7 Essential Golf-Strengthening Exercises for a Powerful Swing

“], “filter”: “nextExceptions”: “img, blockquote, div”, “nextContainsExceptions”: “img, blockquote, a.btn, a.o-button” }”>

Heading out the door? Read this article on the new Outside+ app available now on iOS devices for members!
>”,”name”:”in-content-cta”,”type”:”link”}}”>Download the app.

Like so many athletic endeavors, golf takes place in multiple planes of motion. Forward or backward movement, such as walking the fairway to find your ball, happen in the sagittal plane. Side-to-side movements, including a small side step to pick up your ball, occur in the frontal plane. And rotational or twisting movements, such as your golf swing, take place in the transverse plane. All exercises for golf happen in at least one of these planes.

But almost all movement, in golf and in everyday life, happens to some degree in the transverse plane. Consider the countless twisting movements you make each day, whether you’re playing a round, reaching for your seatbelt, or dodging a wasp.

Why should you care about this? Because when you’re trying to hit a drive as far as you can without injuring yourself, you need to develop more than just your stability and strength. You need to be able to efficiently transfer the power generated by your swing from one joint to the next and, eventually, to the ball. And in order to do that, you need to be able to move various parts of your body sequentially as a single unit through the transverse plane.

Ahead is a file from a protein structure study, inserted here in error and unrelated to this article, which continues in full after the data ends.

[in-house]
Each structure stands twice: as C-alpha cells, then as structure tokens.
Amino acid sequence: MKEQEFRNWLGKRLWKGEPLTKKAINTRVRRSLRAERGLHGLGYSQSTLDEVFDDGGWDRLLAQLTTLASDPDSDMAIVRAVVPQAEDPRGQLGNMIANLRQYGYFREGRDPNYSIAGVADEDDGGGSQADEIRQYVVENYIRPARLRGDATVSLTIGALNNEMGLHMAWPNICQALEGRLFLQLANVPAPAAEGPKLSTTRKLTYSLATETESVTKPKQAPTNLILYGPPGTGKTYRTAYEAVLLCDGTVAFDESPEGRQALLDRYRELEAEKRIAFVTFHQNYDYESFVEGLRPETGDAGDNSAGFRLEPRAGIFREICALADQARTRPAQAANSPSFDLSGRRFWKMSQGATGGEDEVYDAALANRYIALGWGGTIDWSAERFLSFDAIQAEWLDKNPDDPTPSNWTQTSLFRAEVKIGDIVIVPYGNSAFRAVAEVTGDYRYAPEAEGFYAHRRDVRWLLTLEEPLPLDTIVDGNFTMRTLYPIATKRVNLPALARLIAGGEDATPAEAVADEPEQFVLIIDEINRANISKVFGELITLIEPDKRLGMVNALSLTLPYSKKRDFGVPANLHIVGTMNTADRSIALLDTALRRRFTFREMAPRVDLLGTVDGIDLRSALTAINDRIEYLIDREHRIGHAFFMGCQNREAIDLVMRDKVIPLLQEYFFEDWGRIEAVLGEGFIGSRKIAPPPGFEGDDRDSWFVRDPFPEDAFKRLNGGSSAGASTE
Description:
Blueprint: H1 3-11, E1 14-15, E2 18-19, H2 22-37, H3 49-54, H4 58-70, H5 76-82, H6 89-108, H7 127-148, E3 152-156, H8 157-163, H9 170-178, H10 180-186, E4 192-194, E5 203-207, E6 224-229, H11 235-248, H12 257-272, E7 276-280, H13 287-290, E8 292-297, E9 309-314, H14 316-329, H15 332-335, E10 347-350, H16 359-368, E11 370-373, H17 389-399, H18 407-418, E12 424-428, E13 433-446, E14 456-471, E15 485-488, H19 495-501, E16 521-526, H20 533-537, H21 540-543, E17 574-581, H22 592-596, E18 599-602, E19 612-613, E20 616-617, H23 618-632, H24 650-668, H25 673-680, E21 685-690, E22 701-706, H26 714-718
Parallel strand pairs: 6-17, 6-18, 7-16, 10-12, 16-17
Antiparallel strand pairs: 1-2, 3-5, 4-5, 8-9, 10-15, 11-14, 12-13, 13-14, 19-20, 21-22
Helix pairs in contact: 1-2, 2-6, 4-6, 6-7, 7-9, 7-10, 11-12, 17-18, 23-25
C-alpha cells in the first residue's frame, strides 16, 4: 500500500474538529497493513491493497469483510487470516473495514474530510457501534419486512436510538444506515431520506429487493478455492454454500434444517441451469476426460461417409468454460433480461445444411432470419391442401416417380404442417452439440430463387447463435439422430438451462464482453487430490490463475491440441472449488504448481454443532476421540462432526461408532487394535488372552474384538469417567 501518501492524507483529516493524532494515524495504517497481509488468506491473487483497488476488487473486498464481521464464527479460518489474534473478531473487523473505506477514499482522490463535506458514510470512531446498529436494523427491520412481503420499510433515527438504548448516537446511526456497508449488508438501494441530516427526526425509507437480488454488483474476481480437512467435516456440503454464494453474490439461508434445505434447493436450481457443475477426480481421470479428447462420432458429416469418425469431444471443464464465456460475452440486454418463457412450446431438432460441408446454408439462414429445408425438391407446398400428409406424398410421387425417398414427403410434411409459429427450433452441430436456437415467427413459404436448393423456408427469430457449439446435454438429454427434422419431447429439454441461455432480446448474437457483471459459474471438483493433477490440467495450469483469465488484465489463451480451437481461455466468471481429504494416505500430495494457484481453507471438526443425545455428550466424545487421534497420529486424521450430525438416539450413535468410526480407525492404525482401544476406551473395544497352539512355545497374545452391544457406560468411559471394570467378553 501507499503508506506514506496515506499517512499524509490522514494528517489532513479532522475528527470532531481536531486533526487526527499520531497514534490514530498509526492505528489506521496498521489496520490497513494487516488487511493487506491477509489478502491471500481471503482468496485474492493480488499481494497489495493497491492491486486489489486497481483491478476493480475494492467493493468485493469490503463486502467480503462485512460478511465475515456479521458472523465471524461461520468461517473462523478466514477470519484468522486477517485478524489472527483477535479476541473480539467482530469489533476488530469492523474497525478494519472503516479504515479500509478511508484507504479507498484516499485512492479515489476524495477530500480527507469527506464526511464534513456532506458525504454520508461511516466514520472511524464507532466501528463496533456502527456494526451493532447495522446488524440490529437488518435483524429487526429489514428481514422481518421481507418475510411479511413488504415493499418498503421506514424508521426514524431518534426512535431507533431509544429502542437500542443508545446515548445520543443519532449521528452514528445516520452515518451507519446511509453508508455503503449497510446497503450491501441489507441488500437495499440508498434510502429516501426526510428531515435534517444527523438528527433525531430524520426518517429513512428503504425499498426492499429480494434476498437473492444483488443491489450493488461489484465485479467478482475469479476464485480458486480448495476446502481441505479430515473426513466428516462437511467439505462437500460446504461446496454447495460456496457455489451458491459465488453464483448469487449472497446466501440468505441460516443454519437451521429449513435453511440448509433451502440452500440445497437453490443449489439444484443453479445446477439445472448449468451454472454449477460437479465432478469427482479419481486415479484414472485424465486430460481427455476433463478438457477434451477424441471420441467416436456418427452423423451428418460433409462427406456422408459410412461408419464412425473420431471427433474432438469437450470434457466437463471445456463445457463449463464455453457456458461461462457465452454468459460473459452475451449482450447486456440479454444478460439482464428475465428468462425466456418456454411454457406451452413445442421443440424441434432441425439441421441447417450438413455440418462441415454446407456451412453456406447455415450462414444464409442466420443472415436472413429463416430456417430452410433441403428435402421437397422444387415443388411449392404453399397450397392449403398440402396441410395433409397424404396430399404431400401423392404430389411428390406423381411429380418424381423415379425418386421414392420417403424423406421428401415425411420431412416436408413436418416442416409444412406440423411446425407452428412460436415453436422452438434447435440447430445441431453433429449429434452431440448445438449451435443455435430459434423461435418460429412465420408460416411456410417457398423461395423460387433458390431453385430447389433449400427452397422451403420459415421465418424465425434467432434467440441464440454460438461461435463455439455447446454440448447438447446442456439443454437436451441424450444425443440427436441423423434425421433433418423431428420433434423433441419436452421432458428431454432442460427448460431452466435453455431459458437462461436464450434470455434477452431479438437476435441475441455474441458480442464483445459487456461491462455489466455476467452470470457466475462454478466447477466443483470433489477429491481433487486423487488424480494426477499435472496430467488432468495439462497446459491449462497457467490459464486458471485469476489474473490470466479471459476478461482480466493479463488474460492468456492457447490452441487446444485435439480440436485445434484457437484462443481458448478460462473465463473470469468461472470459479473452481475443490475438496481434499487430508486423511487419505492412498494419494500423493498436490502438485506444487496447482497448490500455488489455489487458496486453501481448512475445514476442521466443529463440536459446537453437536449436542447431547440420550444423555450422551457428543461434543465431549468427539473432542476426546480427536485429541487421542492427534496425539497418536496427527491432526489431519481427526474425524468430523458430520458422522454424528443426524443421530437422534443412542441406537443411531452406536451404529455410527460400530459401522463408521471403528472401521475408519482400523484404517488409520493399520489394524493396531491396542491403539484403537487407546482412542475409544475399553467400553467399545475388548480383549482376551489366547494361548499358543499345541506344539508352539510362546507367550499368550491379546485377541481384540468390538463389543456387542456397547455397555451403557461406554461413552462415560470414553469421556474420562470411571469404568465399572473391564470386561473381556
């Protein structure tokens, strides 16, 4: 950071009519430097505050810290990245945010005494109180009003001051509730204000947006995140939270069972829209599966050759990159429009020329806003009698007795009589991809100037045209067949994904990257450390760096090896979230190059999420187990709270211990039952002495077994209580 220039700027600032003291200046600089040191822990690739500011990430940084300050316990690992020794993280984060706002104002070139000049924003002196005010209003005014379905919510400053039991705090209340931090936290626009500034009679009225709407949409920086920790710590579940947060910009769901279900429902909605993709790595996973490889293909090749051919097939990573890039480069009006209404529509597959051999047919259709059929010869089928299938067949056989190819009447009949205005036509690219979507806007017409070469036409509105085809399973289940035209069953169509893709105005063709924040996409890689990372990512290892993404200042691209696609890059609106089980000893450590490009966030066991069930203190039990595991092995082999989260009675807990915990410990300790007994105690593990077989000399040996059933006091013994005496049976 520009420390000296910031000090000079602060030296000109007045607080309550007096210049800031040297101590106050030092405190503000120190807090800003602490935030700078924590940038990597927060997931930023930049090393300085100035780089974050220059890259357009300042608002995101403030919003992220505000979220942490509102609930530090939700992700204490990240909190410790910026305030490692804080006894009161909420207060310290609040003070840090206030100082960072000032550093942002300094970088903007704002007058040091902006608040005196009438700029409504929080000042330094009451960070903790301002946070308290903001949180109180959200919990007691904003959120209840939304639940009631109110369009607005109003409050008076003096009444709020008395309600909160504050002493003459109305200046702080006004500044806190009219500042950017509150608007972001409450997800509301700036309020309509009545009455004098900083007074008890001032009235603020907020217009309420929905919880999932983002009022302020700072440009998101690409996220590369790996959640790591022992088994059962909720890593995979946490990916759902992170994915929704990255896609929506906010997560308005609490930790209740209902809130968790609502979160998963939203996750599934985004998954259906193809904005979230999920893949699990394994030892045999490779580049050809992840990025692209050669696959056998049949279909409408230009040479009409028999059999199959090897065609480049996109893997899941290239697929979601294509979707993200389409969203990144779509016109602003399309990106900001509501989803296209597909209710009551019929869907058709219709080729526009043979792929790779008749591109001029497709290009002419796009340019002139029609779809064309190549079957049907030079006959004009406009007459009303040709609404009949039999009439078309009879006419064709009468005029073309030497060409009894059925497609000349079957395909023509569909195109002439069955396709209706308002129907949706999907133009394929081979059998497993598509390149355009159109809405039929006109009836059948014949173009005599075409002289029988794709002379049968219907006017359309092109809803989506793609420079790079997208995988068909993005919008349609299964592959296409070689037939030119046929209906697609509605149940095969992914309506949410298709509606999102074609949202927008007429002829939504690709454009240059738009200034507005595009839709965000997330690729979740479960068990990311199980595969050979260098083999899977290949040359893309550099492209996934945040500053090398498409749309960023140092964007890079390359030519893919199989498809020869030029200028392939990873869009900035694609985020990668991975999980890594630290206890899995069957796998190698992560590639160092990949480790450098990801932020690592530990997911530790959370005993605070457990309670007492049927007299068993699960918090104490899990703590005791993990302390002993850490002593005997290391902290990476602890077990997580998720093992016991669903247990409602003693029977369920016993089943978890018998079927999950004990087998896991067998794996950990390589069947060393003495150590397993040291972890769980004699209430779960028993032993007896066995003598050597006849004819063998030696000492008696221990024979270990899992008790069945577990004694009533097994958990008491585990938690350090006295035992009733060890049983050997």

Following are some of the best exercises for your golf swing, based on movement principles as well as the body awareness of yoga. These strengthening moves will challenge you in the transverse plane and strengthen your oblique muscles to keep your trunk stable even as your upper body rotates. What results is more tension and force generation that you can unleash in your swing.

7 Best Exercises for Golf Swing

There’s a lot of orchestration happening in your body during your golf swing. In order to keep from falling into unhelpful habits, you need to practice exercises that challenge you with the same dynamic and coordinated effort. Being able to do this takes a tremendous amount of body awareness. The more in tune you get with your body through exercises for golf, the more efficiency and performance you’ll experience in your game.

Woman golfer on Papago Golf Course in Phoenix practicing the best exercises for golf swings
Practicing rotation in your upper body allows you to notice the inadvertent ways your body tries to adjust and then correct them so they don’t compromise your swing. (Photo: Allie Jorde Creative at Papago Golf Club in Phoenix)

1. Upper Body Rotation

This exercise might take a little repetition and practice to feel comfortable, but it is super critical to understand if you’re looking to improve your golf game. Not being able to move your hips independently of your shoulders reduces your range of motion and limits the power produced in your swing. So get practicing!